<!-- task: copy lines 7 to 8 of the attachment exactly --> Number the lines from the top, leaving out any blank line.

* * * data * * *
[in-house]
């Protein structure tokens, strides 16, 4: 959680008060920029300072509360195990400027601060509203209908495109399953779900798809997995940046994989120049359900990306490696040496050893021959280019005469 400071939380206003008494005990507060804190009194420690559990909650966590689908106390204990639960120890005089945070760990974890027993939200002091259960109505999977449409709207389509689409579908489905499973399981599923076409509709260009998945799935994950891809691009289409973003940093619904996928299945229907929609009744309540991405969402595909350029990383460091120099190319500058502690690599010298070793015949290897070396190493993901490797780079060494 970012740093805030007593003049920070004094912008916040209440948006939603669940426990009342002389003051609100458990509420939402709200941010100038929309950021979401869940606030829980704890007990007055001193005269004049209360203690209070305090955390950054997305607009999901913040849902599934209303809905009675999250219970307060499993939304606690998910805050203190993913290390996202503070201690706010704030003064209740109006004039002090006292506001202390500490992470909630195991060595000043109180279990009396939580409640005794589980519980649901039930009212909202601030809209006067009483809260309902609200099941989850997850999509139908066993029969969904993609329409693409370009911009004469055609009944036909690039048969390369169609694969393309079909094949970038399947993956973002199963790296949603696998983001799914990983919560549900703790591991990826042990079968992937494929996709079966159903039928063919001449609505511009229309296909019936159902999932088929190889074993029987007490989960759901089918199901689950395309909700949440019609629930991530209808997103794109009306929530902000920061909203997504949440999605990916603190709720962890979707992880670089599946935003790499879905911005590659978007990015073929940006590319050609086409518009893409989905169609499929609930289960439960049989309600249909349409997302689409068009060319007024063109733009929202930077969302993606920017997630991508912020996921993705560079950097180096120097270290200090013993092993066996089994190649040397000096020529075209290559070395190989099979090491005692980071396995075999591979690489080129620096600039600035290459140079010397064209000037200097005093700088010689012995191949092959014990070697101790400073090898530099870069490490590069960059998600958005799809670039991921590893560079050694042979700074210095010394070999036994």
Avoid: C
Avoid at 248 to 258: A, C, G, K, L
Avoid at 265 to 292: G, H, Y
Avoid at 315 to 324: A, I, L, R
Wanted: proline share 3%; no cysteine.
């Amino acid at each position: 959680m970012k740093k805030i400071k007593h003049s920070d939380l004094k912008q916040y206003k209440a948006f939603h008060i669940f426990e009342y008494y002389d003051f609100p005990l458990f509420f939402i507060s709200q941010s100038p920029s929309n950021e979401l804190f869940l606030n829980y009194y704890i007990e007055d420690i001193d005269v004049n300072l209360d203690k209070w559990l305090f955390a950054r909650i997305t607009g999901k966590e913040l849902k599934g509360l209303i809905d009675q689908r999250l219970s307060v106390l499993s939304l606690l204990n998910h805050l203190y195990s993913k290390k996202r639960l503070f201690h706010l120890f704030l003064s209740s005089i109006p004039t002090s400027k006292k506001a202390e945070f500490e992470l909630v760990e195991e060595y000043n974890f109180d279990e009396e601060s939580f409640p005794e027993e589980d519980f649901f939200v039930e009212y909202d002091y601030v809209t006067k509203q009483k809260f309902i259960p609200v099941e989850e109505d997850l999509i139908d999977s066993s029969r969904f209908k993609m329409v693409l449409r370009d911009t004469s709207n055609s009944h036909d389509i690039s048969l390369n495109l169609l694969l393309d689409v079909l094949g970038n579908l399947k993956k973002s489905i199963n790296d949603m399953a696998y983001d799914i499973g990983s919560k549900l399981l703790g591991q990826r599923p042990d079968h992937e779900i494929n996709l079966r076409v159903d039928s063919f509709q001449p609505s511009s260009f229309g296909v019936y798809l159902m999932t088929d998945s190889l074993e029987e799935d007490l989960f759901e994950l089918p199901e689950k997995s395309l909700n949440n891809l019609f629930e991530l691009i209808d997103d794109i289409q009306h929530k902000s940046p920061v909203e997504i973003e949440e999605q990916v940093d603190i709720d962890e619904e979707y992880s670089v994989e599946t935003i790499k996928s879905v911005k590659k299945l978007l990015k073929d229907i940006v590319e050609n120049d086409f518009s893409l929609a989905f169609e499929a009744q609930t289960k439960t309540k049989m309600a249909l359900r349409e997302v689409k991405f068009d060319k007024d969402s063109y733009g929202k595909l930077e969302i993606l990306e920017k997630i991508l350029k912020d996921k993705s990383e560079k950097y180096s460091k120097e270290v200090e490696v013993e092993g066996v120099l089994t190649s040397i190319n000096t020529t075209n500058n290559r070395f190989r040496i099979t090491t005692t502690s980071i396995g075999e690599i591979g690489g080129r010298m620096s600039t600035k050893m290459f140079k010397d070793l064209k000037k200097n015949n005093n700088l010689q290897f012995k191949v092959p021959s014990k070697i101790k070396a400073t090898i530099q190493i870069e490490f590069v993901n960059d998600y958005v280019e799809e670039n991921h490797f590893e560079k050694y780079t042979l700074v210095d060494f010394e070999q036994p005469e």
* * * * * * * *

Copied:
Wanted: proline share 3%; no cysteine.
């Amino acid at each position: 959680m970012k740093k805030i400071k007593h003049s920070d939380l004094k912008q916040y206003k209440a948006f939603h008060i669940f426990e009342y008494y002389d003051f609100p005990l458990f509420f939402i507060s709200q941010s100038p920029s929309n950021e979401l804190f869940l606030n829980y009194y704890i007990e007055d420690i001193d005269v004049n300072l209360d203690k209070w559990l305090f955390a950054r909650i997305t607009g999901k966590e913040l849902k599934g509360l209303i809905d009675q689908r999250l219970s307060v106390l499993s939304l606690l204990n998910h805050l203190y195990s993913k290390k996202r639960l503070f201690h706010l120890f704030l003064s209740s005089i109006p004039t002090s400027k006292k506001a202390e945070f500490e992470l909630v760990e195991e060595y000043n974890f109180d279990e009396e601060s939580f409640p005794e027993e589980d519980f649901f939200v039930e009212y909202d002091y601030v809209t006067k509203q009483k809260f309902i259960p609200v099941e989850e109505d997850l999509i139908d999977s066993s029969r969904f209908k993609m329409v693409l449409r370009d911009t004469s709207n055609s009944h036909d389509i690039s048969l390369n495109l169609l694969l393309d689409v079909l094949g970038n579908l399947k993956k973002s489905i199963n790296d949603m399953a696998y983001d799914i499973g990983s919560k549900l399981l703790g591991q990826r599923p042990d079968h992937e779900i494929n996709l079966r076409v159903d039928s063919f509709q001449p609505s511009s260009f229309g296909v019936y798809l159902m999932t088929d998945s190889l074993e029987e799935d007490l989960f759901e994950l089918p199901e689950k997995s395309l909700n949440n891809l019609f629930e991530l691009i209808d997103d794109i289409q009306h929530k902000s940046p920061v909203e997504i973003e949440e999605q990916v940093d603190i709720d962890e619904e979707y992880s670089v994989e599946t935003i790499k996928s879905v911005k590659k299945l978007l990015k073929d229907i940006v590319e050609n120049d086409f518009s893409l929609a989905f169609e499929a009744q609930t289960k439960t309540k049989m309600a249909l359900r349409e997302v689409k991405f068009d060319k007024d969402s063109y733009g929202k595909l930077e969302i993606l990306e920017k997630i991508l350029k912020d996921k993705s990383e560079k950097y180096s460091k120097e270290v200090e490696v013993e092993g066996v120099l089994t190649s040397i190319n000096t020529t075209n500058n290559r070395f190989r040496i099979t090491t005692t502690s980071i396995g075999e690599i591979g690489g080129r010298m620096s600039t600035k050893m290459f140079k010397d070793l064209k000037k200097n015949n005093n700088l010689q290897f012995k191949v092959p021959s014990k070697i101790k070396a400073t090898i530099q190493i870069e490490f590069v993901n960059d998600y958005v280019e799809e670039n991921h490797f590893e560079k050694y780079t042979l700074v210095d060494f010394e070999q036994p005469e």